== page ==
Acquisition Strategies: Integrating the Finance & Accounting Operations
When two Los Angeles or Southern California businesses decide to merge together, one of the main reasons for doing so is to capitalize on synergies. This includes synergies in the finance and accounting departments. In fact, the total cost of the finance function can be reduced by up to 40 percent after a merger or acquisition, according to Accenture.
Realizing these synergies, however, requires a successful integration of the finance and accounting operations of the two companies that are merging. This can be a challenging task, to say the least. Los Angeles and Southern California businesses that are contemplating a merger or acquisition should begin planning the details of this integration well in advance of the deal’s closing date if they want to maximize synergies from the merger.
Early integration planning is essential to helping the new company’s finance and accounting functions be prepared to “hit the ground running” on Day One. This is critical, because variations in financial standards and procedures between the two companies may prevent the new entity’s finance function from operating effectively. The companies may have different types of charts of accounts, for example, or the financial statements of one company may not conform to generally accepted accounting principles (GAAP), in which case they will need to be made GAAP-compliant as quickly as possible.
There is also usually a degree of urgency involved in completing the integration, as consolidated financial statements, earnings and projections must be prepared for executives, investors and other stakeholders in a timely manner. And public companies, of course, face firm post-merger deadlines for reporting to the SEC.
Three Stages of Integration
There are a number of different factors that are critical to the successful integration of two merged companies’ finance and accounting functions. In a report titled Starting with the End in Sight:
Integrating Finance After a Merger, Accenture identifies three stages of finance and accounting integration:
The primary objective of this stage is to set overall goals, objectives and priorities for the integration. Critical to the planning stage is defining the future-state operating model of the new combined entity’s finance and accounting functions, as well as designing a system that will assess and track anticipated synergies. Determining the “must-haves” (i.e., the integration items that must be accomplished for the finance function to operate) and “like to haves” for Day One is also a critical part of the planning process.
While each company’s must-have list will be a little different, typical Day One must-haves usually include chart-of-accounts mapping; consolidated statements; core financial reporting and earnings guidance; internal reporting for management; billing, collections and cash applications for customers; invoice receipt and payment for vendors; standardized financial policies; signature authorization; and payroll for employees.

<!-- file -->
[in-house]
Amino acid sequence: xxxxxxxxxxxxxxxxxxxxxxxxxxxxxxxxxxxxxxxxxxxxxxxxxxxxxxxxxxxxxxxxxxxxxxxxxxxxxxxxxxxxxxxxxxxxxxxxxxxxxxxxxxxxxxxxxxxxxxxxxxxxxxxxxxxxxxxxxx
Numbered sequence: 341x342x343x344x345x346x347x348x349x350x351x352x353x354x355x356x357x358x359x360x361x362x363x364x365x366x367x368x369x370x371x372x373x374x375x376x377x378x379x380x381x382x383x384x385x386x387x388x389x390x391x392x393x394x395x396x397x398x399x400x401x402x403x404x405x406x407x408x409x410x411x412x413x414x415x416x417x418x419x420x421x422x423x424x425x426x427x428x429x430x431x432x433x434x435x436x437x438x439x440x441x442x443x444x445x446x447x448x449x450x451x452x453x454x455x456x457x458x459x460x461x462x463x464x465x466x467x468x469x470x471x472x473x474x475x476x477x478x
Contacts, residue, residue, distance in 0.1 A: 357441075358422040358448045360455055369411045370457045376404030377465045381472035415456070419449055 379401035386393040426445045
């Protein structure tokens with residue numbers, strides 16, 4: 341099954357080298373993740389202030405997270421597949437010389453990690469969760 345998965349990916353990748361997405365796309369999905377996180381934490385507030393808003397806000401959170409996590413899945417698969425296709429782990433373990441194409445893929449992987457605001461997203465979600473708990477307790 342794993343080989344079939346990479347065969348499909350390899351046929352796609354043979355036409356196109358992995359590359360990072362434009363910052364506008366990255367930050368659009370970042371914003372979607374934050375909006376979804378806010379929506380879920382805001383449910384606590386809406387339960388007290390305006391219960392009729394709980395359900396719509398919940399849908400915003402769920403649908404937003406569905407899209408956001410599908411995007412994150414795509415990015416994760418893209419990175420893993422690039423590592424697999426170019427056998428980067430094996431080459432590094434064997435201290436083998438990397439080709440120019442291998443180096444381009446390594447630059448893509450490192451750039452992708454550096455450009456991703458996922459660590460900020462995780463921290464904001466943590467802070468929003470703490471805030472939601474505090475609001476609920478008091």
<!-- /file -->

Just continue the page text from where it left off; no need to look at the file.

What resources will be available to actually make the integration a reality? The finance and accounting leadership team for the new merged entity should be announced as quickly as possible, and key employees should be identified and targeted for retention efforts early on in order to minimize the risk of their departure after the merger. Full-time integrators should be assigned within the finance and accounting departments to drive the integration process through to completion.
The first step in the actual implementation of the integration should be the establishment of milestones against which ongoing integration progress can be measured and managed. The idea is to build momentum toward completion of the integration on time — and eventually, toward a larger transformation of the finance and accounting function within the new entity.
Obtaining Outside Assistance
Successfully integrating the finance and accounting operations of two companies that are merging can be a herculean task — one that can easily overwhelm existing staff and resources. Therefore, businesses often bring in outside resources to help, such as an outsourced CFO services firm.
Such a firm brings real-world, hands-on experience to the integration process. Having helped other businesses through similar integrations as formerly-seated CFOs, an outsourced CFO services professional can offer expert guidance to help you avoid common pitfalls, and share best practices that can help streamline the integration process and ensure that key milestones and deadlines are met. Perhaps most importantly, having an outsourced CFO services firm spearhead the integration helps free up your finance and accounting employees to focus on other important M&A tasks, in addition to their normal, day-to-day responsibilities.
Los Angeles and Southern California businesses contemplating a merger or acquisition should begin planning for the integration of their finance and accounting operations well in advance of the merger’s closing date. Doing so will not only help ensure that anticipated finance and accounting synergies are realized, but also that “must-have” finance and accounting functions are up and running on Day One of the new entity. An outsourced CFO services firm can provide invaluable assistance in the integration process by offering expert guidance to help avoid common pitfalls and sharing best practices that can help streamline the integration process — all the while, freeing up employees to focus on other M&A tasks and their normal daily responsibilities.